There are so many great things to bring up, I can’t cover every detail. If you need more specifics, details or exact numbers just visit Xewtons Web Site. You’ll find more than just specs. There’s a thriving user community forum to help answer questions, get support or just share. Assuming the extensive in app help doesn’t put you back on track. No pun intended.

In conclusion, Music Studio stands confidently with other iDAWs, is priced very well, has better instruments than others, is a stable, quality production app with tons of tools and all delivered with a pleasantly clean interface. It’s great for those just starting out and won’t overwhelm newcomers and pros will like its longevity. It has been reliably developed with excellent consistency by a developer who is listening to his users wants and needs. Despite no separate mixer, all the same parameters can still be adjusted and mixed without skipping a beat. Few limitations and loads of options, Music Studio 2 remains an excellent choice for everybody.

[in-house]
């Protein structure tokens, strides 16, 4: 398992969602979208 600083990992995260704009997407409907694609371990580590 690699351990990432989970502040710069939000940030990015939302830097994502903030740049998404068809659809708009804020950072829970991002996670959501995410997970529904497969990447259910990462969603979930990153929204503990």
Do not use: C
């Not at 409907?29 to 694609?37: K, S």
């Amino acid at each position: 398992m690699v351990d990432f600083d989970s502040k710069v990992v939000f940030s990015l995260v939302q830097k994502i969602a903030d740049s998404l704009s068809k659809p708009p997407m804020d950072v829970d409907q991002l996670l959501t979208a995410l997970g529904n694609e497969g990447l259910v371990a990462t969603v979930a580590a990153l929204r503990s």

Stroke Machine – Review

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Stroke Machine is made by Wolfram Franke Franke Music
Available from the iTunes App Store

Wolfram Franke dives in to iOS music production with the colorful release of the unfortunately named “Stroke Machine”.
Really. That’s its name. In the many hours I’ve spent with Stroke Machine I never once found anything that brought on an “Aha!” moment of clarity that explained why this name was chosen; I just can’t make the connection.
My inner 15 year-old came up with at least a dozen alternate names that could be just as hilarious, but that’s a different immature article.

This new and interestingly designed groove box has a lot to offer. A whole heckuva lot!

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Stroke Machine is a full service “groove box”, synth, beat maker, 128 pattern sequencer and full on work station. To start, this machine certainly has plenty of very nice features and functions for designing multitudes of drum and synth sounds.

The built-in synth has two oscillators sporting the standard analog waveforms.
A built-in sample player which earlier had problems but is working much better today. The number of voices are limited only by your device CPU.
Modulation controls for frequency and ring also allowing quantized automation of the sounds. Multi mode filters, white and pink noise generators are here too.
The tone generators run to a transient generator, and another multimode filter.
There are four effects busses and about eight sound FX. Routing, LFO, ADSR or ADBD envelopes with variable slope, and more. Much more, (linked below) the list of features is substantial.